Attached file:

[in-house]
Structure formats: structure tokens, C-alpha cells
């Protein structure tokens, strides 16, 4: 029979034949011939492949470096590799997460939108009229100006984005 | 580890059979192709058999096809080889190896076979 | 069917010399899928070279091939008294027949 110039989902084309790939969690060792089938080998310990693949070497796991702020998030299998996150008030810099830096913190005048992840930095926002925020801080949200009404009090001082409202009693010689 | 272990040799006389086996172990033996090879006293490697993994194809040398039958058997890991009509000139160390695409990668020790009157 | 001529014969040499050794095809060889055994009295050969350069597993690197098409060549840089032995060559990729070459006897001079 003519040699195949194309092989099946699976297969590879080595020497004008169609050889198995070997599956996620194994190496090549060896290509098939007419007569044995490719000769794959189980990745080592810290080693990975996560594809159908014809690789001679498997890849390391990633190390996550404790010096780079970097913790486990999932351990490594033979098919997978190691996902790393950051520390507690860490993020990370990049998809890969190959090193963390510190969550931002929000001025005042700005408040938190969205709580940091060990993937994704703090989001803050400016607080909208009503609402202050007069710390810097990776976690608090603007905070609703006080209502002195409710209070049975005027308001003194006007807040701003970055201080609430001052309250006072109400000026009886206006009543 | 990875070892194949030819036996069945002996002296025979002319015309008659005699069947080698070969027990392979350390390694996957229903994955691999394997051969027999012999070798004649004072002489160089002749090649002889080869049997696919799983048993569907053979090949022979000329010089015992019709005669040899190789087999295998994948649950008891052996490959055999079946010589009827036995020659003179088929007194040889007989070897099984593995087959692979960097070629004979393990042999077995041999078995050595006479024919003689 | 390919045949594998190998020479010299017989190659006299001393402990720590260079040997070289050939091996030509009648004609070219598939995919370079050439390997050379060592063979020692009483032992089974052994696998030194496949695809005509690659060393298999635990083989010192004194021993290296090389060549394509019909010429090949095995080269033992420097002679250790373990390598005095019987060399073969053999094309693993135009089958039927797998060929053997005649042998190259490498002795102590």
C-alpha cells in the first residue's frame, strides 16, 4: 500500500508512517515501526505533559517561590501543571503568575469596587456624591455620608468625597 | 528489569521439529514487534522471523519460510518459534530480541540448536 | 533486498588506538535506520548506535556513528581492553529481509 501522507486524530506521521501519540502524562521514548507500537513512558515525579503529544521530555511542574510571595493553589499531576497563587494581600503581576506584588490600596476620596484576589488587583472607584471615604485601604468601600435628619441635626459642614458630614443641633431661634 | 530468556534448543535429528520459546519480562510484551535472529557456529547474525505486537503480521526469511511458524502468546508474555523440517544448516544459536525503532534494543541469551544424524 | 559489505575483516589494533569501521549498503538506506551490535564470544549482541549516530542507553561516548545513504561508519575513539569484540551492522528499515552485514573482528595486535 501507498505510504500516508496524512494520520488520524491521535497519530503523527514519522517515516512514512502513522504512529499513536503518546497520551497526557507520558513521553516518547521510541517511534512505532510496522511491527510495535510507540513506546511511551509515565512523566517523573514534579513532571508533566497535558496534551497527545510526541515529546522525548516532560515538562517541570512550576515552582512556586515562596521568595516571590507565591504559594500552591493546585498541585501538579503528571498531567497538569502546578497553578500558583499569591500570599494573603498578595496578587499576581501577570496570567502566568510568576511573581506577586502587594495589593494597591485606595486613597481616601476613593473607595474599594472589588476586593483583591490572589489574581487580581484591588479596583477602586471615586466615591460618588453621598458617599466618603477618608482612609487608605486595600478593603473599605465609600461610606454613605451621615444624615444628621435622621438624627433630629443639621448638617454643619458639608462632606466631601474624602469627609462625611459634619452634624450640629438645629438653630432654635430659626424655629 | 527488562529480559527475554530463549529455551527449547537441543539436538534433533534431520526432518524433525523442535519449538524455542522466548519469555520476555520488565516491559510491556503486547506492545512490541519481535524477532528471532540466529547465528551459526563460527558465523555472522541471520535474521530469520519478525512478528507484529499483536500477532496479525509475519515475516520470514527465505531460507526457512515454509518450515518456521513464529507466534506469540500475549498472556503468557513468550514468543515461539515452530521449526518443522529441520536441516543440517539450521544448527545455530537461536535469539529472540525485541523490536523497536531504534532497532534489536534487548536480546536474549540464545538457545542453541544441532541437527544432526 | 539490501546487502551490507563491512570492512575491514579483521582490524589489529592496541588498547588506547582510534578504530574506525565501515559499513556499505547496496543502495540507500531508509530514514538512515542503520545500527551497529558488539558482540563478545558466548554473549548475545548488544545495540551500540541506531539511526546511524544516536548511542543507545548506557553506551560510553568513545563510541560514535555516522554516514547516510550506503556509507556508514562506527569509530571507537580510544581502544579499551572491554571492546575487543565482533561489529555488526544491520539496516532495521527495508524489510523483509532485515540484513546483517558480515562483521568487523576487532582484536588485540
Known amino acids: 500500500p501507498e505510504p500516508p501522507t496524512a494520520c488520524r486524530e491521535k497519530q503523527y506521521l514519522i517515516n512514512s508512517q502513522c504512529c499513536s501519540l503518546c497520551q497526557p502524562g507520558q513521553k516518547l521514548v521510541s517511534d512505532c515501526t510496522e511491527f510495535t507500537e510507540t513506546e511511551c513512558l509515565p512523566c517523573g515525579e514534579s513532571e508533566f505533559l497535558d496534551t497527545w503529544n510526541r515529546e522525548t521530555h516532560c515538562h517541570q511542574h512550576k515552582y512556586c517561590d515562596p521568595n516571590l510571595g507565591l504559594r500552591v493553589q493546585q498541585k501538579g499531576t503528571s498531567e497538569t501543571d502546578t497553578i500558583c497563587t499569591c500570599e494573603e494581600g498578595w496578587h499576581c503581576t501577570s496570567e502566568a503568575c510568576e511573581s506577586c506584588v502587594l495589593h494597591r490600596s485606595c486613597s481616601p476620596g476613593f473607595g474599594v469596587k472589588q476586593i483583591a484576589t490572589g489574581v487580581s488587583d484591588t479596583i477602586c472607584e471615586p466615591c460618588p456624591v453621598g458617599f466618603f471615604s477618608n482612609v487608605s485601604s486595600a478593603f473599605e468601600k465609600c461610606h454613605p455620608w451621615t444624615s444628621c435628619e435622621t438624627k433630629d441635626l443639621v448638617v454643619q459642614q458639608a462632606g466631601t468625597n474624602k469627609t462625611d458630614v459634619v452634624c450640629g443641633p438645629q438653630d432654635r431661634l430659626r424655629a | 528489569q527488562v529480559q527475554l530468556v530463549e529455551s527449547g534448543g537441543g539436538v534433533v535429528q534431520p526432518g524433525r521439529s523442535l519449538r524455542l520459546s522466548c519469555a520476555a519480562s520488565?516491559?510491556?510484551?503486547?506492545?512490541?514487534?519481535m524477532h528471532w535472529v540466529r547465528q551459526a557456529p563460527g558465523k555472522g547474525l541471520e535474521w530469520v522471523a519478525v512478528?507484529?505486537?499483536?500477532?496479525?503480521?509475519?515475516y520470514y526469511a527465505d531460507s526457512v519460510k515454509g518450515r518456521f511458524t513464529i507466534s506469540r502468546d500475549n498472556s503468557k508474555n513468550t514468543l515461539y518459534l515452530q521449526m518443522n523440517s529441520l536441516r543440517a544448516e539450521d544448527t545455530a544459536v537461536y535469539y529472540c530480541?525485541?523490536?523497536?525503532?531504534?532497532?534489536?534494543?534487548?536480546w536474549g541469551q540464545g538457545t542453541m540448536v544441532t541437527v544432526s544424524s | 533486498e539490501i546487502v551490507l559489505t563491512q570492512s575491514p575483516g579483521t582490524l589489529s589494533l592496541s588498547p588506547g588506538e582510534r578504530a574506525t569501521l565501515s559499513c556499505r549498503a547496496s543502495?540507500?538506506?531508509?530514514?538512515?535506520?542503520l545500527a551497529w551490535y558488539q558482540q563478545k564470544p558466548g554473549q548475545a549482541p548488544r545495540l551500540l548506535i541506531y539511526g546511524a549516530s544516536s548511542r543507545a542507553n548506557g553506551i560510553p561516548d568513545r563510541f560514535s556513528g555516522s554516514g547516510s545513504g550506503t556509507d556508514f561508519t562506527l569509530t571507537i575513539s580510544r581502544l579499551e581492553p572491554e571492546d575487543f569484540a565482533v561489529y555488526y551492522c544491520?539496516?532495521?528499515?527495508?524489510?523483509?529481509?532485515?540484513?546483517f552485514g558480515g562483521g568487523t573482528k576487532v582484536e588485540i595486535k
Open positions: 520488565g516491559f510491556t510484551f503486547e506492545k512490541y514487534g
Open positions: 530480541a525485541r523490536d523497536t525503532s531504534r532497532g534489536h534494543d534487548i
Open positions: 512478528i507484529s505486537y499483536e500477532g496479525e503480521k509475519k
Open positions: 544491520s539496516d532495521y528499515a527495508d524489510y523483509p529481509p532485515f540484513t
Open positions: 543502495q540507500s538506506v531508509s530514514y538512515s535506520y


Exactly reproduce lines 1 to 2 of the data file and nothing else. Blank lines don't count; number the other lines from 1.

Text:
[in-house]
Structure formats: structure tokens, C-alpha cells